Stonehenge: a Bluestone was moved in the 1860’s

After closer review, I have determined that there is no leaning bluestone to be moved! what I have been looking at was a a trick of shadow, making the whole premise of this post BS.  A shout goes out to commenter Akaen3sir for catching this one.


I previously posted a Blog regarding an c1860 photograph I was attempting to date, based on the placement of a fallen bluestone and was rewarded with a contact by David Corio. It turned out he has several stereo views of Stonehenge in his collection most importantly to this search is one signed and dated October 16 1871 titled Stonehenge – Near View From The West No 209 taken by G.W. Wilson Photographer Aberdeen, showing the stone in question clearly moved. This is now the earliest photo I have found, confirming my belief that it was moved sometime in the 196os.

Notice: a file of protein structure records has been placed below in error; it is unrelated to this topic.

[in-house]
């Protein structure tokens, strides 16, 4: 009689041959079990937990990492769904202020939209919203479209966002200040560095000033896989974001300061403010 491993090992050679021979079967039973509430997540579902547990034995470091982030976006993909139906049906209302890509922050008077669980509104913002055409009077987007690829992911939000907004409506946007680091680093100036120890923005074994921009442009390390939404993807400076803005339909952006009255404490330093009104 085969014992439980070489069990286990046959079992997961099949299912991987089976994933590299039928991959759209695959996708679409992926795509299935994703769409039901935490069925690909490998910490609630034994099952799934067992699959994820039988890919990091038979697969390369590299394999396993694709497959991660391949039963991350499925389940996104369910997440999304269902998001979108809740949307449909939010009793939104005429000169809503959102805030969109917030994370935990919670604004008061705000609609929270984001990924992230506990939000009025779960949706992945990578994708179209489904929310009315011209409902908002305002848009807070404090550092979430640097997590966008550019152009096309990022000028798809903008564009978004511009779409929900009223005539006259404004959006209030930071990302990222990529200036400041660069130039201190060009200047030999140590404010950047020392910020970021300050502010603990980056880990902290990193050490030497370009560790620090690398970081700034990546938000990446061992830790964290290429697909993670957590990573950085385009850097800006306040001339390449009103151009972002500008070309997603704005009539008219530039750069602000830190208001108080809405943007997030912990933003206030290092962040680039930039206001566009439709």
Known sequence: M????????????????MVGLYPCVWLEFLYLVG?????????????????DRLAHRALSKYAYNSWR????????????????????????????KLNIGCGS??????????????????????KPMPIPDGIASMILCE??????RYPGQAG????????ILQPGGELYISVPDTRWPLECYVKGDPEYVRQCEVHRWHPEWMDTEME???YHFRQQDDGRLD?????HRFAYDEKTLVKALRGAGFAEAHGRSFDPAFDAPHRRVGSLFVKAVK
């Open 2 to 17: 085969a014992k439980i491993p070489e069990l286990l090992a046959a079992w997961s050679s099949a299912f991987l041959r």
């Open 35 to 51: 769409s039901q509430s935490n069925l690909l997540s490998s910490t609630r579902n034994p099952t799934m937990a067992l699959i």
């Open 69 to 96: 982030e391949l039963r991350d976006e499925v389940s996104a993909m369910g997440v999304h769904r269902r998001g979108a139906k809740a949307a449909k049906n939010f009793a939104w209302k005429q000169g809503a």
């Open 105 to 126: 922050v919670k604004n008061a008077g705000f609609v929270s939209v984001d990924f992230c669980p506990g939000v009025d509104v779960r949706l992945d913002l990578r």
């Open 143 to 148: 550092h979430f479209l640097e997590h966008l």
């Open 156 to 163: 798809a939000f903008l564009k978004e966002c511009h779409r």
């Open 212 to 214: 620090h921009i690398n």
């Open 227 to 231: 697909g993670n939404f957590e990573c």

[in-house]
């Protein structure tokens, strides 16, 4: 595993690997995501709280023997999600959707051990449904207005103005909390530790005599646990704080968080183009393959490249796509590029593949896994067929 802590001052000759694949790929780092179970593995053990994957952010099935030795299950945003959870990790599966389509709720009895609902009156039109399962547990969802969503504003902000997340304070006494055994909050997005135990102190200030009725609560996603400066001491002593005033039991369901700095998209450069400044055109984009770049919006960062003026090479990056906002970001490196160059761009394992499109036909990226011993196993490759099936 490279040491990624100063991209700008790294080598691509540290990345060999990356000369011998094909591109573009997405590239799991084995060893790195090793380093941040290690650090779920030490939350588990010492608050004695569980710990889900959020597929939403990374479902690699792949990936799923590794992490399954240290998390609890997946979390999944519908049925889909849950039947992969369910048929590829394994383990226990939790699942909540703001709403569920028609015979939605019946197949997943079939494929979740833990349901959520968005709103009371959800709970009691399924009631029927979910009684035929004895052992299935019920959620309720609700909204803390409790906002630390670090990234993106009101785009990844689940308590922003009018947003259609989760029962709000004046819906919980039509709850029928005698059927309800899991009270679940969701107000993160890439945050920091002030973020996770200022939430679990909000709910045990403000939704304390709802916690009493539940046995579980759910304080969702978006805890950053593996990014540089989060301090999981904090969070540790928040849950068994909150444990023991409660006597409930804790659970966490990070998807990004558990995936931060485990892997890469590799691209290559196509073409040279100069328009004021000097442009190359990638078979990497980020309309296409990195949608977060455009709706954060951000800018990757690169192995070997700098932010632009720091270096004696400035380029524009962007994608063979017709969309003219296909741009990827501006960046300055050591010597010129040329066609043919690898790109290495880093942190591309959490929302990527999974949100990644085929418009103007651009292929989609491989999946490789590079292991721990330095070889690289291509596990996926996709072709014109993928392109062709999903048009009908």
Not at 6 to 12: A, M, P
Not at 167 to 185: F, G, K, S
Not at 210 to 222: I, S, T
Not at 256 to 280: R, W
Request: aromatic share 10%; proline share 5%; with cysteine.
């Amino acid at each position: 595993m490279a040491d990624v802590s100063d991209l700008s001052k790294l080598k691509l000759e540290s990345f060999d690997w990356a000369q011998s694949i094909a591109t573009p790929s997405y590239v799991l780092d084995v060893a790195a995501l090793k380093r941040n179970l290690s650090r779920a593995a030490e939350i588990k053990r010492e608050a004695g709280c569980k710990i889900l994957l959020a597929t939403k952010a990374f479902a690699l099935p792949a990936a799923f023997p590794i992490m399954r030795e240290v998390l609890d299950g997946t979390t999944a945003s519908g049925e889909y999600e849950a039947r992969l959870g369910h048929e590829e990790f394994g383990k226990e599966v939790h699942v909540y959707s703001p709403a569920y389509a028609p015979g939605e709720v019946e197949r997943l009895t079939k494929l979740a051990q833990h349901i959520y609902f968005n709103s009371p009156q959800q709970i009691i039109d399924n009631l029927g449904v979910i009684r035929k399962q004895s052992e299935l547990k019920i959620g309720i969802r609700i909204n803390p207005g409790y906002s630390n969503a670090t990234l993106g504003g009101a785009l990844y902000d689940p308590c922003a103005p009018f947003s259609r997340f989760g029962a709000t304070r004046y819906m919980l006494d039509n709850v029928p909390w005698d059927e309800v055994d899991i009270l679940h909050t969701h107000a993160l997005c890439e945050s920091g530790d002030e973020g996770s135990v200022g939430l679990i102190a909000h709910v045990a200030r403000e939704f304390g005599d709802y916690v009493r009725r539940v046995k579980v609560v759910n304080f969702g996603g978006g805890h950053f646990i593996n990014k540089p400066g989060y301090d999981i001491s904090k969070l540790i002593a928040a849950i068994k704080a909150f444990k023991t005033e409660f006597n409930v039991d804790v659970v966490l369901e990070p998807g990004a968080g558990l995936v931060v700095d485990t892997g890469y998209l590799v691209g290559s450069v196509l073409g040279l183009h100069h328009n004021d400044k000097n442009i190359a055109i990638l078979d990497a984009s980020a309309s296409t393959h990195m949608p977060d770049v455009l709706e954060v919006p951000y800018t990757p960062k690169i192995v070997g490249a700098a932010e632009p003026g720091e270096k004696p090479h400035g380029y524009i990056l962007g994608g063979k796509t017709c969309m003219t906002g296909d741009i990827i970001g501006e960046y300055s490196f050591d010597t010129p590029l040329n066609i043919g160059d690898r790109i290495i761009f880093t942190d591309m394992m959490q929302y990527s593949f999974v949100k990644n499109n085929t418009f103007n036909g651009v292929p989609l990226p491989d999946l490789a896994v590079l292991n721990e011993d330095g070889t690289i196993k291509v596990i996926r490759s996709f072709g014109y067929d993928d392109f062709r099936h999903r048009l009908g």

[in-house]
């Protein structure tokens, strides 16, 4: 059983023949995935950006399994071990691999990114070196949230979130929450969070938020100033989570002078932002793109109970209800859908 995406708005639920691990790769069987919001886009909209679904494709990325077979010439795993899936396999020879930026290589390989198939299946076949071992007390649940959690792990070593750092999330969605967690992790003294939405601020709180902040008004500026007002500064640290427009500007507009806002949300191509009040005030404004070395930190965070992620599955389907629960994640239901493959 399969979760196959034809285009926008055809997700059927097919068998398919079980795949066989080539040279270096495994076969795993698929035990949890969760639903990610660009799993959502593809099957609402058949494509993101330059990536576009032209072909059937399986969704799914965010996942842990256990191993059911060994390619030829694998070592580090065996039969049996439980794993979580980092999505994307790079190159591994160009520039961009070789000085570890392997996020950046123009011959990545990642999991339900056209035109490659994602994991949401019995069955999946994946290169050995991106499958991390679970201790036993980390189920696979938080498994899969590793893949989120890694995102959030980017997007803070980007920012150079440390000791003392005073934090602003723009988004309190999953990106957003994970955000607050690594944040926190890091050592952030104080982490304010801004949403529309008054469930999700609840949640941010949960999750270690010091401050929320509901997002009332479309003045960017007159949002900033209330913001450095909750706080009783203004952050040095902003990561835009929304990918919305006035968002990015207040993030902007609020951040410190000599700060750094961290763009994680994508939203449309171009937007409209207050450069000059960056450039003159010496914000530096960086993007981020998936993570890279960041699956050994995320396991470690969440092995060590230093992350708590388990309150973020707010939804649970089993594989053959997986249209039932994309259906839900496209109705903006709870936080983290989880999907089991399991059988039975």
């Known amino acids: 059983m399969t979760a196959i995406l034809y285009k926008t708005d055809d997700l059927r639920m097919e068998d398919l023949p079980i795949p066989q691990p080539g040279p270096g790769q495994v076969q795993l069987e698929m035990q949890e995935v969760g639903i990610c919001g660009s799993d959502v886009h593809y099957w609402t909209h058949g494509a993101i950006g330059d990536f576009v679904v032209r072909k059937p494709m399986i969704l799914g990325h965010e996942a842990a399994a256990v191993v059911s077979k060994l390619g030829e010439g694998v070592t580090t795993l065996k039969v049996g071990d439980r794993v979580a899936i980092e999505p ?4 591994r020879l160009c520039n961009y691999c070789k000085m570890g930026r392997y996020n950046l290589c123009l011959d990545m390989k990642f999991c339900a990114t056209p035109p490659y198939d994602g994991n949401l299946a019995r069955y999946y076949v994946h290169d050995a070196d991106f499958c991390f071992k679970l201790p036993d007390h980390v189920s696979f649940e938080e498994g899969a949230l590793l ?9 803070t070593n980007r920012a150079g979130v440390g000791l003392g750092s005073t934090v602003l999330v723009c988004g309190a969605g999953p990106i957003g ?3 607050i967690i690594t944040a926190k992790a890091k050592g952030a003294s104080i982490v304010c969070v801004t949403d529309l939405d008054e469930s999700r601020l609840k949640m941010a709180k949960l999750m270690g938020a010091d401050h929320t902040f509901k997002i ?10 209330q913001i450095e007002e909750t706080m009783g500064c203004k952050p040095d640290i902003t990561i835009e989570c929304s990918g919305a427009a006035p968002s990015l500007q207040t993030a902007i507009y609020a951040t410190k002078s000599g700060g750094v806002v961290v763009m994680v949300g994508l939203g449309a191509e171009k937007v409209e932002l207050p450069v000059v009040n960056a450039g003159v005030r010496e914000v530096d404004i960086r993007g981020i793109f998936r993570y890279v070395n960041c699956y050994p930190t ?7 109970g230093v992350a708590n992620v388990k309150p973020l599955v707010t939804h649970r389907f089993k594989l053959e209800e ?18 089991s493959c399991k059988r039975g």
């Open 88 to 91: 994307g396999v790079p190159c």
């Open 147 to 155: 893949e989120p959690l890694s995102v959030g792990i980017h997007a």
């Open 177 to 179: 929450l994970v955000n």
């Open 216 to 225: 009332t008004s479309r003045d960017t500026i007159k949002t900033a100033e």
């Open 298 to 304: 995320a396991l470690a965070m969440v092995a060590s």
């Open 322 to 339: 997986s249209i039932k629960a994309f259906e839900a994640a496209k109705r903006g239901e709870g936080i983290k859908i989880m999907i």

Photo of Bluestone at Stonehenge before and after it was moved

Photo of Blue-stone before and after it was moved

The c1860 Culver photo clearly shows it before it was pushed off of the other rocks and the 1871 G.W.Wilson stereo view after.

At this point my memory has failed me. I distinctly remember reading about someone back in the 1860’s who using an iron bar moved this stone to reduce the chances of collapse. I think they were researching the Moss under it at the time. I can not remember where I read it, but I think it was during a scan of documents preserved by the Gutenberg project, about 10 years ago.  Any help jogging my memory will be appreciated on this subject.



4 Responses to “Stonehenge: a Bluestone was moved in the 1860’s”

  1. Akhen3sir Says:

    It’s a trick of the light – the shadow falling on the back of the leaning Stone 56 and the prone Stone 55 is cast by Stone 16 and it makes it look as if there’s an extra stone leaning against the back of 56 when there isn’t.

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